Smart cars are vehicles that provide some level of autonomous driving made possible by artificial intelligence. Some of the more basic forms of this type of AI, like vehicles with the ability to park themselves, have been on the market for years. Now we are beginning to see more and more automobile manufacturers beginning to offer more advanced autonomous driving features like the ability to control speed and steering for extended periods. These are what US News defines as “level 2” autonomous vehicles. While a fully autonomous “level 5” vehicle is not yet available, manufacturers like Cadillac, BMW, Telsa, Volvo, Audi, Toyota, and Honda all have “level 2” smart cars on the market or coming to market this year. Additionally, Waymo, which started as a Google project, is working towards making a “level 3” autonomous vehicle a reality for consumers in the near future.
Smart Manufacturing & Industry 4.0
Industry 4.0 is a hot topic in tech and is likely to make major waves across the globe over the next decade. This is demonstrated by news items like the mayor of Cincinnati, Ohio announcing the city will be an “Industry 4.0 Demonstration City” and TrendForce projecting that by 2020 investment in smart manufacturing will exceed $320 billion USD. AI platforms like Siemens MindSphere and General Electric’s Predix will provide the intelligence that drives the shift in manufacturing while a myriad of embedded devices and robotics will help these solutions interact with the physical world.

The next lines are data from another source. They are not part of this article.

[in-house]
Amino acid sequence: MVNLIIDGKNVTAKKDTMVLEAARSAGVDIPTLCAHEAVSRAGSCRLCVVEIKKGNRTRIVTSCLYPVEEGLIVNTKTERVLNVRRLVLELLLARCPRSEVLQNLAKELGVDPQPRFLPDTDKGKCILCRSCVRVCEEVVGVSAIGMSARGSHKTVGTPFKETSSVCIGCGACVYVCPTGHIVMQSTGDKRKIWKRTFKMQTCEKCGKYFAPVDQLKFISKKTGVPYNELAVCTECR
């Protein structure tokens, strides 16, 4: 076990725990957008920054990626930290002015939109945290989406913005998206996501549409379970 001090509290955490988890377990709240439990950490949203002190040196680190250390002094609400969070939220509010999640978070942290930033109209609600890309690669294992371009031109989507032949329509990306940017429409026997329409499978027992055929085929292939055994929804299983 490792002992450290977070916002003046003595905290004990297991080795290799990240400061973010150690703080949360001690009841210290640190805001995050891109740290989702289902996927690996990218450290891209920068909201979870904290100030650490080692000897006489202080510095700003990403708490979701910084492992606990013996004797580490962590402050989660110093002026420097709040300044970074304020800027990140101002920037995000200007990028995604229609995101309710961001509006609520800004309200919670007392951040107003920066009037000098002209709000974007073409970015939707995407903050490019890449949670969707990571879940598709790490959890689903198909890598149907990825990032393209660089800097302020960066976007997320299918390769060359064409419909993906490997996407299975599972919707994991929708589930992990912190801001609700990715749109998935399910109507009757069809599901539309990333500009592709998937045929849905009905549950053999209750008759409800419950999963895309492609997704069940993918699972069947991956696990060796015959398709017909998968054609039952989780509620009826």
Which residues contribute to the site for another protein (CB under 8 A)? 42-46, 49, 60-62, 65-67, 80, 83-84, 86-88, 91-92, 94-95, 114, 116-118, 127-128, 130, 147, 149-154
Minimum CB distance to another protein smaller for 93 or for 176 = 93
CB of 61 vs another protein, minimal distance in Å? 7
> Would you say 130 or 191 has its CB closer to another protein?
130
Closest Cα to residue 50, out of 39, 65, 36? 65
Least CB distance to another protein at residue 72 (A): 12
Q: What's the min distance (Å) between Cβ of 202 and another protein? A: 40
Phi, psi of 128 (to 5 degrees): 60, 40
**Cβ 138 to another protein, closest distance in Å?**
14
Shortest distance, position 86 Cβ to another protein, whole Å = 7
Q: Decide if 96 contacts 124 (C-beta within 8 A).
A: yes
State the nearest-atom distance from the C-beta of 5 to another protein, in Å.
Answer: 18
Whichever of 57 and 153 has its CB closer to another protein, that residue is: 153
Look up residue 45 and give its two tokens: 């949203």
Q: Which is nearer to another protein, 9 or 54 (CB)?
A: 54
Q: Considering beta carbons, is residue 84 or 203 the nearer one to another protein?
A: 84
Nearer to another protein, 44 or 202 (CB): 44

Tools for designing and debugging intelligent embedded systems
With the opportunities created by merging AI and embedded systems providing businesses with an excellent way to improve their value chain, it is important for developers to understand what tools are required to design and debug embedded systems. Host bus adapters (e.g. the Cheetah SPI Host Adapter) allow developers to develop embedded applications quickly and efficiently. Similarly, protocol analyzers (e.g. the Beagle USB 12 Protocol Analyzer) are vital to the development and debugging of embedded applications as they allow for report generation and data analysis.
As we move towards Industry 4.0, artificial intelligence and embedded systems will play a large part in shaping the landscape of technology over the next decade. These two platforms complement one another well and come together to create holistic solutions that solve real-world problems. Businesses that understand how to work with AI and develop intelligent embedded systems will be well positioned to take advantage of the many opportunities these technologies will create.